In other cases, tech may bring benefits to some, but still has problems. In L.A., the algorithm that prioritizes homeless people for housing has, in fact, helped some people get housing or other assistance. After homeless people take a survey, they’re ranked, and the system tries to prioritize those who could most benefit from either short-term help with getting a rental or permanent supportive housing. But the algorithm doesn’t address deeper systemic issues. Thousands of others still don’t have a place to live. Eubanks says that program administrators see it as triage–a way to help make very difficult decisions in a humanitarian crisis, as if it were a natural disaster, which means they don’t look at it as a solvable problem.
“Homelessness is not a natural disaster,” she says. “It’s a disaster that was created by human decisions, and that idea that there’s not enough housing is a political choice. Los Angeles chose not to build enough public housing for a city of its size; it has [about] a tenth of the public housing of a city of its size. That’s a political choice. Skid Row chose to knock down 13,000 rooms of housing. That’s a political choice. To now say it’s like a natural disaster to me is a little disingenuous. We created this disaster. We can’t now outsource the results or the consequences of that disaster to a computer.”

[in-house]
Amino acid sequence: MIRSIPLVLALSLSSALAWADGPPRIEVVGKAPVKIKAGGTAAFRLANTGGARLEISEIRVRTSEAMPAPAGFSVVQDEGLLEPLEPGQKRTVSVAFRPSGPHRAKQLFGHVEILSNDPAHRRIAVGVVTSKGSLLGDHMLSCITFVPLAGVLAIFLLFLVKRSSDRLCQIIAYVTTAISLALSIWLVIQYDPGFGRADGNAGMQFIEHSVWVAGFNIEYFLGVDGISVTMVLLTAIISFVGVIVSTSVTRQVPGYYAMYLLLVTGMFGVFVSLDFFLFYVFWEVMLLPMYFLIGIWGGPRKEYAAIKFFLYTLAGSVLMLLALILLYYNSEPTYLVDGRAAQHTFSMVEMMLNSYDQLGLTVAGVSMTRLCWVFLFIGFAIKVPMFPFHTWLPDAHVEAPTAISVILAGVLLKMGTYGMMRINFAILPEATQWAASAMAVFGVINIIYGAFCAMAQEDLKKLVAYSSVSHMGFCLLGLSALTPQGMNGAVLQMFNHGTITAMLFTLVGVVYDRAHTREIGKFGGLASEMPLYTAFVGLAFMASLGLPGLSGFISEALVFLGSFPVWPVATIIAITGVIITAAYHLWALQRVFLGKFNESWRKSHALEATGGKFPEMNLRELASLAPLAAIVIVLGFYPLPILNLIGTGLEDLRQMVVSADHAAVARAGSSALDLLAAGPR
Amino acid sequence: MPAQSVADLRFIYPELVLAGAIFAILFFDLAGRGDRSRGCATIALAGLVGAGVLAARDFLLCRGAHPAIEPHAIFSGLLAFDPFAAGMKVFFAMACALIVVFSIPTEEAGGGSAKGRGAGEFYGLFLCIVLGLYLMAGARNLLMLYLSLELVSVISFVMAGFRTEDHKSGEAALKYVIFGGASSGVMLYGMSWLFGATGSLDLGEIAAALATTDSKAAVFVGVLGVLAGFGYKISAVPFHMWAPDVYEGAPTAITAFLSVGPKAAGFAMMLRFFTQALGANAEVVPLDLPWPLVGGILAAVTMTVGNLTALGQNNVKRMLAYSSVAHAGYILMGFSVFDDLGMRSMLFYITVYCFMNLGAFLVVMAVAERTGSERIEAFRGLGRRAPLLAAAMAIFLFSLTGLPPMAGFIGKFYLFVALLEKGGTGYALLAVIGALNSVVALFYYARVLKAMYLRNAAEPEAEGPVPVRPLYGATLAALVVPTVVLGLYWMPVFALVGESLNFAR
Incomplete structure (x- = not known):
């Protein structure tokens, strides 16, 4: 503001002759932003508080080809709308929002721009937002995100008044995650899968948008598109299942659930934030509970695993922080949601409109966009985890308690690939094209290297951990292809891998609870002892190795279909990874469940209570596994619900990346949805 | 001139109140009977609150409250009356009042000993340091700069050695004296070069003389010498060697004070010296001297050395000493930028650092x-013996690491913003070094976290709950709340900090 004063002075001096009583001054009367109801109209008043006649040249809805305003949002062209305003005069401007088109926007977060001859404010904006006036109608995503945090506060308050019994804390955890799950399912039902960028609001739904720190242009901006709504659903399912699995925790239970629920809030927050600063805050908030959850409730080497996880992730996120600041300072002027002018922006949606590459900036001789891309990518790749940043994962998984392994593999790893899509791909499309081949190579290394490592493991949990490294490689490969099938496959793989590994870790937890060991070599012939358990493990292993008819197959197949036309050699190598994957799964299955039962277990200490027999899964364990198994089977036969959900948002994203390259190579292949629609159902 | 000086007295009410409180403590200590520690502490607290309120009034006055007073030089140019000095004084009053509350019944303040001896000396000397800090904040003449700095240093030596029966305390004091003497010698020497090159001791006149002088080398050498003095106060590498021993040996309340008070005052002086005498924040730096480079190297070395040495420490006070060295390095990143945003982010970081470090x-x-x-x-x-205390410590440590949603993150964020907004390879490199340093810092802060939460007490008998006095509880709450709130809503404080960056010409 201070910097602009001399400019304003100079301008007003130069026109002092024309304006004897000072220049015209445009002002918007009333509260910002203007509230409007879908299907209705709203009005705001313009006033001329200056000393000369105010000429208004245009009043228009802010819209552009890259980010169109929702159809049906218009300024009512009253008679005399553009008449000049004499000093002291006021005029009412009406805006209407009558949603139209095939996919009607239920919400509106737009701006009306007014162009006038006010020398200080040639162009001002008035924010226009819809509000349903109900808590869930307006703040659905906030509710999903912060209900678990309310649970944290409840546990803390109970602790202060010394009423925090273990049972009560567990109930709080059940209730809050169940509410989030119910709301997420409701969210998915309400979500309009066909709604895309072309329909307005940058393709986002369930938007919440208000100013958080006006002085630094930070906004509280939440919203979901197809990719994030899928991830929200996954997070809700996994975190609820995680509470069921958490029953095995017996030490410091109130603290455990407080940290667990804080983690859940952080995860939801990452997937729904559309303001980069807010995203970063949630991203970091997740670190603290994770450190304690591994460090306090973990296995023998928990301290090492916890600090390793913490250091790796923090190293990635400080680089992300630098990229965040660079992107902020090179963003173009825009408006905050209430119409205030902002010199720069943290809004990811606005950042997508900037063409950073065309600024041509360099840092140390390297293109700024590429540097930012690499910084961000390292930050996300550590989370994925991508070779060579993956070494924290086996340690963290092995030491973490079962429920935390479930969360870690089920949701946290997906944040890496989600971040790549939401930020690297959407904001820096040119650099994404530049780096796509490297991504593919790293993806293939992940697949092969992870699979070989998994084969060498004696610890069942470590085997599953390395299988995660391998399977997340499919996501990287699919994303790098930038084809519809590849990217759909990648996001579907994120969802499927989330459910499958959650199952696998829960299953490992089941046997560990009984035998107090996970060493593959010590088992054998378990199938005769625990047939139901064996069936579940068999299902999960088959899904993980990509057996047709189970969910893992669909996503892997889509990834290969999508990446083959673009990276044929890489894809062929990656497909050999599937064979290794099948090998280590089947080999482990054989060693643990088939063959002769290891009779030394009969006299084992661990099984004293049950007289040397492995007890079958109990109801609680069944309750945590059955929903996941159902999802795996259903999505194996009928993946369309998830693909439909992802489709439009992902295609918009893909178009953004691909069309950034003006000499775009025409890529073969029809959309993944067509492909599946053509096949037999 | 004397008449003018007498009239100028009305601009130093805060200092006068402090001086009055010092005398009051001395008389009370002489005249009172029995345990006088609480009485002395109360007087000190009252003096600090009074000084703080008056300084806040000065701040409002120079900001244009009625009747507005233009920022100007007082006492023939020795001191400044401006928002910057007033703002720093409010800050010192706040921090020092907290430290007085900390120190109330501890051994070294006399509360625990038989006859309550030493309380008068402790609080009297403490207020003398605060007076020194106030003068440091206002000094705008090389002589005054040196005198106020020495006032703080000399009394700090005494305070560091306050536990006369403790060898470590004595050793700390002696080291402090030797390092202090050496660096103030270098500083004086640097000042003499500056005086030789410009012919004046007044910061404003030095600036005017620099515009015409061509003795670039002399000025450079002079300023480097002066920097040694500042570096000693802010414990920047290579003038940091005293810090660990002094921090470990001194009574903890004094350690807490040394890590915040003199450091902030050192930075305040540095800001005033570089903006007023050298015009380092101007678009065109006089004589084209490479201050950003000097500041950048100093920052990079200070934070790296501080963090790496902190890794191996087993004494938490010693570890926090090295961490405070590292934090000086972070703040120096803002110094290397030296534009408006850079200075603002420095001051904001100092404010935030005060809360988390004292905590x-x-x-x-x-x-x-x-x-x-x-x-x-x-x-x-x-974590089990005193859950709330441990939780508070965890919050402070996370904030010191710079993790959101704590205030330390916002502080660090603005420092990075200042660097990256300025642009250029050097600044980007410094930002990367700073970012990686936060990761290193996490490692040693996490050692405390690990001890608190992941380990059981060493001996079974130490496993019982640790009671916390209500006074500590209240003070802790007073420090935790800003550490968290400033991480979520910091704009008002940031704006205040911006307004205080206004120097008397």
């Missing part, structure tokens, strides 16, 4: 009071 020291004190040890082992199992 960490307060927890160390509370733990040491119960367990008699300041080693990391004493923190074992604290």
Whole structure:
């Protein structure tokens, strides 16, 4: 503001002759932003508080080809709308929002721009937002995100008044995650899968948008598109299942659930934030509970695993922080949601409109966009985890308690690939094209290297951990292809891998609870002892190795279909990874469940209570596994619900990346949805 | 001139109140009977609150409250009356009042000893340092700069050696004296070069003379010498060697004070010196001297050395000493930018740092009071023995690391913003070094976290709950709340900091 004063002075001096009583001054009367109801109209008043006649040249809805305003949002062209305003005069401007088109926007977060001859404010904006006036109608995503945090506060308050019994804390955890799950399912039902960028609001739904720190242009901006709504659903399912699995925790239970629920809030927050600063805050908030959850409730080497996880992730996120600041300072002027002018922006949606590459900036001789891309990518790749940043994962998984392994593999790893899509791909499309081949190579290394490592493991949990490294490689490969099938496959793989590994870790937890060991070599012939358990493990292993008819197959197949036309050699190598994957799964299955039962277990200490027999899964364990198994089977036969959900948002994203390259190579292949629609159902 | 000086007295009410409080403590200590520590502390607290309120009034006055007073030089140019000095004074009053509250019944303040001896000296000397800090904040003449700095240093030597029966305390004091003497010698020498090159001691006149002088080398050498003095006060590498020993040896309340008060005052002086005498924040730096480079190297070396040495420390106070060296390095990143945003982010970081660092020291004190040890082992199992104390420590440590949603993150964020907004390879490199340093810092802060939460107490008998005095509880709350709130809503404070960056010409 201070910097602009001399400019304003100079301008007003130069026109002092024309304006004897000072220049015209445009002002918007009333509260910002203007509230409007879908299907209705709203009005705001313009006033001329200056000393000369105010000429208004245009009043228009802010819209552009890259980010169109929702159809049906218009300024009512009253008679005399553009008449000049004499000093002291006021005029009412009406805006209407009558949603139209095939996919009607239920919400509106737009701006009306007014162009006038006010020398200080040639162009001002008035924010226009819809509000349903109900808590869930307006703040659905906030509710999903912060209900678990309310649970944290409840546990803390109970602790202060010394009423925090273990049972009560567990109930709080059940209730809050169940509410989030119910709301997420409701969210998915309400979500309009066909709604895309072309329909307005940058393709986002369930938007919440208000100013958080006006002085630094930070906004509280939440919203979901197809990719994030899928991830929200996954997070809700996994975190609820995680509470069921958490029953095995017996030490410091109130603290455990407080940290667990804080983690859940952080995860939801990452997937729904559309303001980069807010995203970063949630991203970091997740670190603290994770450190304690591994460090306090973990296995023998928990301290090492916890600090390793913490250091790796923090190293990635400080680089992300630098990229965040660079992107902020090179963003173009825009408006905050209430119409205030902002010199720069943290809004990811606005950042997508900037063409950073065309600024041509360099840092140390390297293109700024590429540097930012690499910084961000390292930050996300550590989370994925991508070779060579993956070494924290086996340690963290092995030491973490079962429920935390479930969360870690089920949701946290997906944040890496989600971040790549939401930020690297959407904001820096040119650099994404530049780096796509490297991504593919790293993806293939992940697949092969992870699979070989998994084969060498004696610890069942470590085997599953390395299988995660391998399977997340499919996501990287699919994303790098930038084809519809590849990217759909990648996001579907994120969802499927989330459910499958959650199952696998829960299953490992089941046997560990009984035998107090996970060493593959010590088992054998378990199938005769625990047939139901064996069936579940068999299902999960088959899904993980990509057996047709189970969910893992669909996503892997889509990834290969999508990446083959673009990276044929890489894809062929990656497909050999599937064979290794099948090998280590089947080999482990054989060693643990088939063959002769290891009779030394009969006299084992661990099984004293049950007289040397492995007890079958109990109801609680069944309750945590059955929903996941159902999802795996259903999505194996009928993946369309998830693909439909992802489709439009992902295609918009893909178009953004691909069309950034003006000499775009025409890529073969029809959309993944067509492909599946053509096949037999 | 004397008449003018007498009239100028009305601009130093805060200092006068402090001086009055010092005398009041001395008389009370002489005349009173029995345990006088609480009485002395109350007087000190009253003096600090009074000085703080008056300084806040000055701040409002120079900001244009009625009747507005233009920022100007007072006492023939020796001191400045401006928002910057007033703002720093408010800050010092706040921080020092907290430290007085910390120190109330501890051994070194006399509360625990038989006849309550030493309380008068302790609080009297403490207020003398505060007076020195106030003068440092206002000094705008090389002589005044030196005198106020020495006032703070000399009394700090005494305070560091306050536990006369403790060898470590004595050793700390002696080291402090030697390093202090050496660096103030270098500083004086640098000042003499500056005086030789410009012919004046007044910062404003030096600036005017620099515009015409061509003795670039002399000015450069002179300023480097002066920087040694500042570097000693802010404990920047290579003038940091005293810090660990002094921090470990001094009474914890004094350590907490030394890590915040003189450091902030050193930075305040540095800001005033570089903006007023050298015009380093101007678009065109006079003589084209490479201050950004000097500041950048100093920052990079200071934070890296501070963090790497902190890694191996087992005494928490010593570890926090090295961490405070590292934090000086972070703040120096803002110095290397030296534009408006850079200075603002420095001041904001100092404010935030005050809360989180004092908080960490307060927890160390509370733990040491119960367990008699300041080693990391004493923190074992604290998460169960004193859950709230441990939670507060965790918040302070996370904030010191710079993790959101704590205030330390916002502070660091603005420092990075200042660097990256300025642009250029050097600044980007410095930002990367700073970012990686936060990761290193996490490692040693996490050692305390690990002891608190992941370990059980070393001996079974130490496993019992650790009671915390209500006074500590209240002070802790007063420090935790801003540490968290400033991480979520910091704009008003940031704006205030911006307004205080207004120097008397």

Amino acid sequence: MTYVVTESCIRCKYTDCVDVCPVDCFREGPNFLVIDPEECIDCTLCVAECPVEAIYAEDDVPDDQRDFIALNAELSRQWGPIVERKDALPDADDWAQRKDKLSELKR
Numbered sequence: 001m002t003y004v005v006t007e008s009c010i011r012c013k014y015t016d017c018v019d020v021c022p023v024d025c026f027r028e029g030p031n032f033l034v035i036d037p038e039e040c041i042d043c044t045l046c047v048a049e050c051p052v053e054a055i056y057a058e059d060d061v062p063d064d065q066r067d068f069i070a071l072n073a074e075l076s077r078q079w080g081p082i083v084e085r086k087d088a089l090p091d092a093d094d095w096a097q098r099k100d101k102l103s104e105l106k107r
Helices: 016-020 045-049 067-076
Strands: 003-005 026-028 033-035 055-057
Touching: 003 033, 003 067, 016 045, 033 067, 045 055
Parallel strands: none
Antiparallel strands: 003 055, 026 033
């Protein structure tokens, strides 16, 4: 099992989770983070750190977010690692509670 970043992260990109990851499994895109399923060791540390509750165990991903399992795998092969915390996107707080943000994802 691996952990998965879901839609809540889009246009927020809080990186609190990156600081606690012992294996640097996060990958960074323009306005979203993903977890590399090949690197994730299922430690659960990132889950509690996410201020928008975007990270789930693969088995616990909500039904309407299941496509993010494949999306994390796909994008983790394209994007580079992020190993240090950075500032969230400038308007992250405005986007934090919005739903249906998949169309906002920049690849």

Voters in L.A. passed a $1.2 billion bond in 2016 aimed at providing housing for homeless people, and the city seems to want to correct the mistakes of the past. But Eubanks argues that there are still many hurdles, including where new housing will be located, and that the prioritization system runs the risk of making other Angelenos feel complacent that those who most need help are getting it.
The algorithm also relies on a survey that asks intrusive questions, including about someone’s sexual history and whether they deal drugs, and then requires the homeless person to sign a consent form to share that data. More than 100 other agencies can access it. Law enforcement can request some basic data from the database without a warrant.